Date of Award


Document Type

Open Access

Degree Name

Bachelor of Arts



First Advisor

Kenneth Aslakson




Athletics, Gender Equity, Women, Second-Wave Feminism, Title IX


During the first half of the twentieth century, the field of athletics in the United States was dominated by a culture of masculinity. Due to this inherent link with masculinity, American women were kept from participating in sports to protect their feminine nature. As the years passed of continuous oppression, only a small handful of women were able to fight back and make a name for themselves as prominent and successful athletes. To combat the larger issue of gender discrimination in America, a women’s movement was launched in the 1960s and 1970s. This movement would in turn spur the creation of Title IX of the Education Amendments of 1972. Title IX was not originally created to address gender inequalities in athletics, but it is clearly what has been most impacted by the law.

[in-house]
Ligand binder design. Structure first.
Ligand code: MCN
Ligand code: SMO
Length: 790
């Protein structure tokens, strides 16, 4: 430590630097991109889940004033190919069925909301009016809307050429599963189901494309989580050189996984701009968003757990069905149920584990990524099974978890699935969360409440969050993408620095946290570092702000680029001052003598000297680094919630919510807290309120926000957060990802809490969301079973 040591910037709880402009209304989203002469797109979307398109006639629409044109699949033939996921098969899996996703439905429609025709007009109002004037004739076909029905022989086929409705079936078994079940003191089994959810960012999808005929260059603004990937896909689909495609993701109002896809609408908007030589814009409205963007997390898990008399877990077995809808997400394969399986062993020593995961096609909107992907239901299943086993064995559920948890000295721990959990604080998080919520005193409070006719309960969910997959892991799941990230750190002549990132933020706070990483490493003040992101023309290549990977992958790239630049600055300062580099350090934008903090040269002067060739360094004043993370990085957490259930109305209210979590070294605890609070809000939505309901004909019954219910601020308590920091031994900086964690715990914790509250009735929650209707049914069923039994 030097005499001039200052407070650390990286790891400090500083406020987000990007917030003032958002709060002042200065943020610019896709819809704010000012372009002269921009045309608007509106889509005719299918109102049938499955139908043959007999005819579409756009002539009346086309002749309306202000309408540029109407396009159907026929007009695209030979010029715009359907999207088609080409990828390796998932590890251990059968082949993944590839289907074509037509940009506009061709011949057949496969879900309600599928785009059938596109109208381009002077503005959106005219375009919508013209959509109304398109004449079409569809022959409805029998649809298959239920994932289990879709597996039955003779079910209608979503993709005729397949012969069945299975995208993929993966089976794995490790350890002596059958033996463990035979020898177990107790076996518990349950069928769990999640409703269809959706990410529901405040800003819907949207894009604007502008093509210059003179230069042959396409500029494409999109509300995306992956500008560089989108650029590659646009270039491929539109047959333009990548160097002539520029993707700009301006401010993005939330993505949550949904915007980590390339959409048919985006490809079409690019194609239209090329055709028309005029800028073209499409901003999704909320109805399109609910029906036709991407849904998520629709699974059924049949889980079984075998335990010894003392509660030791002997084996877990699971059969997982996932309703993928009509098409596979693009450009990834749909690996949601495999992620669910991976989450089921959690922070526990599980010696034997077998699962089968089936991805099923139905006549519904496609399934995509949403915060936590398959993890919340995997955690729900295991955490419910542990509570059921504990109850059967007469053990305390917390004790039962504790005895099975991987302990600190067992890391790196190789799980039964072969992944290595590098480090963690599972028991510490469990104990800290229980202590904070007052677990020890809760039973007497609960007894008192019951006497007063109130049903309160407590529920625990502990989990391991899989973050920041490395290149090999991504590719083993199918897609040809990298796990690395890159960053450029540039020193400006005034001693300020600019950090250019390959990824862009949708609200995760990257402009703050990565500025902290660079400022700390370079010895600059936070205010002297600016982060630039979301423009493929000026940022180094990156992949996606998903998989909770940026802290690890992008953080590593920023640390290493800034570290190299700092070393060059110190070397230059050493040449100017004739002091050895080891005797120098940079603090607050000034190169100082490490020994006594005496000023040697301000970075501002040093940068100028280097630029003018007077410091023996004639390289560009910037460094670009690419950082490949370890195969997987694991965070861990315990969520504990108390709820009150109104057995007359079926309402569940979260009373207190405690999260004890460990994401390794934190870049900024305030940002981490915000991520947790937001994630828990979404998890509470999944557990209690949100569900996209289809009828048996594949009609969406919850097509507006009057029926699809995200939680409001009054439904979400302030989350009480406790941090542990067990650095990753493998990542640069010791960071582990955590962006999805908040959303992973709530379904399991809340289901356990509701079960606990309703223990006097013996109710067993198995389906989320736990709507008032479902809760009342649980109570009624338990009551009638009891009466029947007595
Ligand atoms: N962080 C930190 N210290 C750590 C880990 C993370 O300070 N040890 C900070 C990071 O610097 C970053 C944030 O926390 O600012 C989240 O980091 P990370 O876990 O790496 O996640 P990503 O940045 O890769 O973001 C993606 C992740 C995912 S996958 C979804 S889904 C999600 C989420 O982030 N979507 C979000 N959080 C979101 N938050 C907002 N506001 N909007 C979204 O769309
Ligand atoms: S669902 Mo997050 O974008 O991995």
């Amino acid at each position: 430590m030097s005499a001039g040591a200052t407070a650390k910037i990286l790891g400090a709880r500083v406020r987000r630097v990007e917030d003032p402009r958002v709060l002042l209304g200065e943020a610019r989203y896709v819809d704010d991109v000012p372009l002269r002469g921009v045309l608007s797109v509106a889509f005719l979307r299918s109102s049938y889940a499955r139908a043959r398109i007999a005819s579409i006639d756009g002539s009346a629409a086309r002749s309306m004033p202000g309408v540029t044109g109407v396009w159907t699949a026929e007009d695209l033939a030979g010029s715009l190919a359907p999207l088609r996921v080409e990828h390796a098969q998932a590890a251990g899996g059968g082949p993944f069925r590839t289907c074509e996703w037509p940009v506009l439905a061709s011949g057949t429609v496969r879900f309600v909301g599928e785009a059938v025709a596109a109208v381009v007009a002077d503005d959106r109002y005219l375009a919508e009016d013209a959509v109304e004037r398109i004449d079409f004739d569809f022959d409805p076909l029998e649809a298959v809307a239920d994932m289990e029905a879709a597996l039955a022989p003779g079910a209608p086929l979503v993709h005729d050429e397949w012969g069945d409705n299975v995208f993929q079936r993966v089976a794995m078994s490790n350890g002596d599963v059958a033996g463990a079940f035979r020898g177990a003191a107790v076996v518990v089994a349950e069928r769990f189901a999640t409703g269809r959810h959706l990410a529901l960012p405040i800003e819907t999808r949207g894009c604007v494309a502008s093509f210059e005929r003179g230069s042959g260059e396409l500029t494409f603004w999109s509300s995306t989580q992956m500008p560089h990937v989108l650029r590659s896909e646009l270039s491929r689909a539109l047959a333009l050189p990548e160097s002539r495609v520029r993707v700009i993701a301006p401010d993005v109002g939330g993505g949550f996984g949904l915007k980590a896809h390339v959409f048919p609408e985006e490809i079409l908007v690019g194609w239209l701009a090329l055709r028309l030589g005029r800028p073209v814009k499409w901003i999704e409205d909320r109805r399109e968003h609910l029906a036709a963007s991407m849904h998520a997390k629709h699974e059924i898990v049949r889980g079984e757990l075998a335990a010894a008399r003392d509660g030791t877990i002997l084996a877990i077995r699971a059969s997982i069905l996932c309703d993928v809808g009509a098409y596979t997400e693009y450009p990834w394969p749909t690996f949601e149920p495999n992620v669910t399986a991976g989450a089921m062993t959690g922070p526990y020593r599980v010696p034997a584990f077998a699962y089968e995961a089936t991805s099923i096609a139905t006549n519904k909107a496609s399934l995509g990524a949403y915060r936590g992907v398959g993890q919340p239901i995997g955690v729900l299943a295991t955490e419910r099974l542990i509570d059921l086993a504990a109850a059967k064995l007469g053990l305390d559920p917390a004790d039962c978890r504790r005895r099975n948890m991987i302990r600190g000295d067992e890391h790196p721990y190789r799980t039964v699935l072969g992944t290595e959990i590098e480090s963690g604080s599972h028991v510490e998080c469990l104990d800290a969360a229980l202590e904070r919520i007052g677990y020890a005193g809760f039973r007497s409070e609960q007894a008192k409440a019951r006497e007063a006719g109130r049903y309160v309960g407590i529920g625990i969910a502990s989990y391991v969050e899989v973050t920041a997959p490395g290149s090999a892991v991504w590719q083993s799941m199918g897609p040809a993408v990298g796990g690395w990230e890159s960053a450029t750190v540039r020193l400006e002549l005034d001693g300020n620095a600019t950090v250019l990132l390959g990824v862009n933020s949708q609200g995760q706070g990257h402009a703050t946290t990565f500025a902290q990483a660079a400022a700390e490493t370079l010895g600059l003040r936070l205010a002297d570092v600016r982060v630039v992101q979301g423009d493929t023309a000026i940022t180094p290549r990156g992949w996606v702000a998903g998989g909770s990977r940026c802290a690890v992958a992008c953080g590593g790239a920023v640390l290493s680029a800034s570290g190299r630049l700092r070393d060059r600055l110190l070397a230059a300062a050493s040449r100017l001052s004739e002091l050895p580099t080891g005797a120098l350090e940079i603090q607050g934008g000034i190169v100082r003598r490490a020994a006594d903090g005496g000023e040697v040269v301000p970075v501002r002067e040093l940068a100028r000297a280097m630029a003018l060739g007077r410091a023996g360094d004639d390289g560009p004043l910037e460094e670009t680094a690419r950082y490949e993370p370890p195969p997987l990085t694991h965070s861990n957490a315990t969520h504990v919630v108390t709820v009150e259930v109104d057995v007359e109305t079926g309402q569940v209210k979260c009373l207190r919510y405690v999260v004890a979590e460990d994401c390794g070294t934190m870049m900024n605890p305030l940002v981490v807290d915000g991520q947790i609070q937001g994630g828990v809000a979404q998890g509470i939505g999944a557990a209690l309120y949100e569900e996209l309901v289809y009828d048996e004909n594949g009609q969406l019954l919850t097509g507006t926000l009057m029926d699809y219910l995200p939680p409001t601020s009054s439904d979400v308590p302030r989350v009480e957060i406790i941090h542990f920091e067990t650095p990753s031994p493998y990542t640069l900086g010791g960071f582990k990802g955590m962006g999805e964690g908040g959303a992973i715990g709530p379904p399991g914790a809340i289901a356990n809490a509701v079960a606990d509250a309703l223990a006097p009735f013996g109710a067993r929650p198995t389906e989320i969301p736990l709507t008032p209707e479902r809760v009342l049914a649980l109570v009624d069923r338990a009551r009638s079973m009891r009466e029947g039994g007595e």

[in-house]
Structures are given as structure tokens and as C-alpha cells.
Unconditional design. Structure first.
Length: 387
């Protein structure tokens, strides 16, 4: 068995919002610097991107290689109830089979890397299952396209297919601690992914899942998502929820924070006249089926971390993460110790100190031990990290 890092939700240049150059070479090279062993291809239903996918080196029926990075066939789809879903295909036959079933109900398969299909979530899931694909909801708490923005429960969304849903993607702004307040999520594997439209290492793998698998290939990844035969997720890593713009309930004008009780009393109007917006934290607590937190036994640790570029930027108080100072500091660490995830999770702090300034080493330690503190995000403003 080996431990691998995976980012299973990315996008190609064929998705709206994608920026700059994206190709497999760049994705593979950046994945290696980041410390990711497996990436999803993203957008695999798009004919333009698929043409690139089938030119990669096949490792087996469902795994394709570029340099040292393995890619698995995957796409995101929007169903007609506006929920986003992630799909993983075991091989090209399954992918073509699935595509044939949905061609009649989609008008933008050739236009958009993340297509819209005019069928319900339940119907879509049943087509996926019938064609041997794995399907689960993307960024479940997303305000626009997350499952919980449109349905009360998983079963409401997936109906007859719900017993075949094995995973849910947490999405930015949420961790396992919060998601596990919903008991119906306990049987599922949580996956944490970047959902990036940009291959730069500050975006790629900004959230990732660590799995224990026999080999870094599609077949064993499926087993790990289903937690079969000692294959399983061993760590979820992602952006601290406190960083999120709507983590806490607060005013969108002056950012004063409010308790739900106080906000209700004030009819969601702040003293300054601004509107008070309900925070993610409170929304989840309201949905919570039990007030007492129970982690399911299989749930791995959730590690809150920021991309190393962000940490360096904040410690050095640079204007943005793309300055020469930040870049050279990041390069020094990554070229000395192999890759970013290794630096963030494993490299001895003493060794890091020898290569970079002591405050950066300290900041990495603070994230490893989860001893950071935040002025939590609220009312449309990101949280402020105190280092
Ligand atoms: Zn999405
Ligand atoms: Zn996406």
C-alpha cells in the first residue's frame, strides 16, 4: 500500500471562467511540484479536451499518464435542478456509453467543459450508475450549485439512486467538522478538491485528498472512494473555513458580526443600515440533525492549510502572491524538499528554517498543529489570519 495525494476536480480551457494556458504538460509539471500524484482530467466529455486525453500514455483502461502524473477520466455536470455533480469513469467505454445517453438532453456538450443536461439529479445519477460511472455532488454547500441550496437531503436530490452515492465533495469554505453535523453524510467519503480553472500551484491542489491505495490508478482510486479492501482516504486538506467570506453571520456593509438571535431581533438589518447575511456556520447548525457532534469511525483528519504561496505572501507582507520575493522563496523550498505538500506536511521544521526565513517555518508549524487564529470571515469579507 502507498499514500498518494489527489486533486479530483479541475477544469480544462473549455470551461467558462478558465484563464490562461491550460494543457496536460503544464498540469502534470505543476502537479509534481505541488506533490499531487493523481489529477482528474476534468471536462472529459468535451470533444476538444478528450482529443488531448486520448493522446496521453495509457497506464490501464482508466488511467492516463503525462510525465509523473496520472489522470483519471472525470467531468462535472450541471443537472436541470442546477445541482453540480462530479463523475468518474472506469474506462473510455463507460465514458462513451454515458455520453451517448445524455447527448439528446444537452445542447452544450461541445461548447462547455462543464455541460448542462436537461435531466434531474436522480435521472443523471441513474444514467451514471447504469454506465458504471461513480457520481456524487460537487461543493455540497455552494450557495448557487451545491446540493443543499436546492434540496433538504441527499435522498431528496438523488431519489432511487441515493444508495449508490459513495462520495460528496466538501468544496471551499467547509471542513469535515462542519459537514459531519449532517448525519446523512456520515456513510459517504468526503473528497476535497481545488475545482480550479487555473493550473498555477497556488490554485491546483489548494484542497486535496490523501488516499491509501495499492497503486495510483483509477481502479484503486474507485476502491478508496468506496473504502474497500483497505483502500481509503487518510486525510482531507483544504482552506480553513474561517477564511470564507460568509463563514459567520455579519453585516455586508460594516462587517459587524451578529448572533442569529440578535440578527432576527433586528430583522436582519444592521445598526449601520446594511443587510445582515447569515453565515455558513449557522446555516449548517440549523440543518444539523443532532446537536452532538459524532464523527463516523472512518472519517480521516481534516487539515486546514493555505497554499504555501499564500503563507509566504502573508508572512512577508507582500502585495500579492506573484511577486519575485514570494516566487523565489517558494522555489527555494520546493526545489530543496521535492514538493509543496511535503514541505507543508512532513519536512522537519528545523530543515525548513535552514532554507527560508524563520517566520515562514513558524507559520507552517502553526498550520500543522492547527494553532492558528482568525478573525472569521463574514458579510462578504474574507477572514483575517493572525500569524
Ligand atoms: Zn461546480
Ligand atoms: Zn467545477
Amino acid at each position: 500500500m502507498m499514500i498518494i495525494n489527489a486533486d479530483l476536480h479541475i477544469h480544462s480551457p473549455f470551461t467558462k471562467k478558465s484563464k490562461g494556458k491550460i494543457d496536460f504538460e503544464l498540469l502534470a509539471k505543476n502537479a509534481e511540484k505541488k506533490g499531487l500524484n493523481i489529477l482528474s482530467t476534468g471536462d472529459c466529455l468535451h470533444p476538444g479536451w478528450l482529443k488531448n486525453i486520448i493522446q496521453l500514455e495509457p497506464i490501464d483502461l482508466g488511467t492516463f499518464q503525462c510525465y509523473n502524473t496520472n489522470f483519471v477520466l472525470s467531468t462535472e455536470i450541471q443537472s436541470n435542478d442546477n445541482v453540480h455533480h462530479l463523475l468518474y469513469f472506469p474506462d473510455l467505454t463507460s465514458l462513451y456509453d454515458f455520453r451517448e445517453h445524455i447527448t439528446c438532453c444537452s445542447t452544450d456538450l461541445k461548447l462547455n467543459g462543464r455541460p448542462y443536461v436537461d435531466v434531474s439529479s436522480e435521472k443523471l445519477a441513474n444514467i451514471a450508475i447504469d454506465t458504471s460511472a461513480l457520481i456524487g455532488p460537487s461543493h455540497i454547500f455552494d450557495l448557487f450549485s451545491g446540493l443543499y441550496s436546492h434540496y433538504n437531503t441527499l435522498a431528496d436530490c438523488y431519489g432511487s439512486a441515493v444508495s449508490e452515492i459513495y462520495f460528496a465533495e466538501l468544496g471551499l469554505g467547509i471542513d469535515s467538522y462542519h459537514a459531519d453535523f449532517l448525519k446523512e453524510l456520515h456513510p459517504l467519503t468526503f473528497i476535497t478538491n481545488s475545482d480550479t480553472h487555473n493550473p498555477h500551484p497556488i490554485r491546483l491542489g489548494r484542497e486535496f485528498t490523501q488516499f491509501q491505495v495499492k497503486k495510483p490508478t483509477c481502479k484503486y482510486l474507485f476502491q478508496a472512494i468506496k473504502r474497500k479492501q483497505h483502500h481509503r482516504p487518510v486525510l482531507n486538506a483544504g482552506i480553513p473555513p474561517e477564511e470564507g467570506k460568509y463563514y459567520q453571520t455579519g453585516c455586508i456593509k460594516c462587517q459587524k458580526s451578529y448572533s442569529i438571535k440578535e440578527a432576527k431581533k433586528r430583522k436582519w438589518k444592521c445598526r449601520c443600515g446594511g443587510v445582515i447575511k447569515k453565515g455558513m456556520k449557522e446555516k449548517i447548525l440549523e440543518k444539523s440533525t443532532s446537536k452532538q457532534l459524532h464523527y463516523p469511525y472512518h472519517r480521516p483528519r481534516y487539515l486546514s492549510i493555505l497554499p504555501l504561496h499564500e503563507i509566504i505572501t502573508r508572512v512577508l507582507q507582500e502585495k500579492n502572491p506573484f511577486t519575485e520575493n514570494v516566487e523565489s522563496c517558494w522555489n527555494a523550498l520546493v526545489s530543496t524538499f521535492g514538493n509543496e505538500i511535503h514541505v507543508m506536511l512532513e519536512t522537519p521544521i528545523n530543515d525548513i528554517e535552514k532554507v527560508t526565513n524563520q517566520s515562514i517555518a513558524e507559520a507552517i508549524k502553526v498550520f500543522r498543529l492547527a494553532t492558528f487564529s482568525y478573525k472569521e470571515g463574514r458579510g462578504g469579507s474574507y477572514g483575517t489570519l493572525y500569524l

Since its creation in 1972, Title IX the law has faced near constant backlash out of the fear it would negatively influence men’s sports. Despite this backlash, the law has persisted to create more opportunities for women to become involved in sports. The law has led to a distinct increase in female participation rates at the high school and collegiate level, while also leading to health and social benefits for female athletes. Popularity in women’s professional sports have also increased significantly since the law’s implementation. Title IX has revolutionized women’s athletics in the United States, but its road to doing so has not been easy.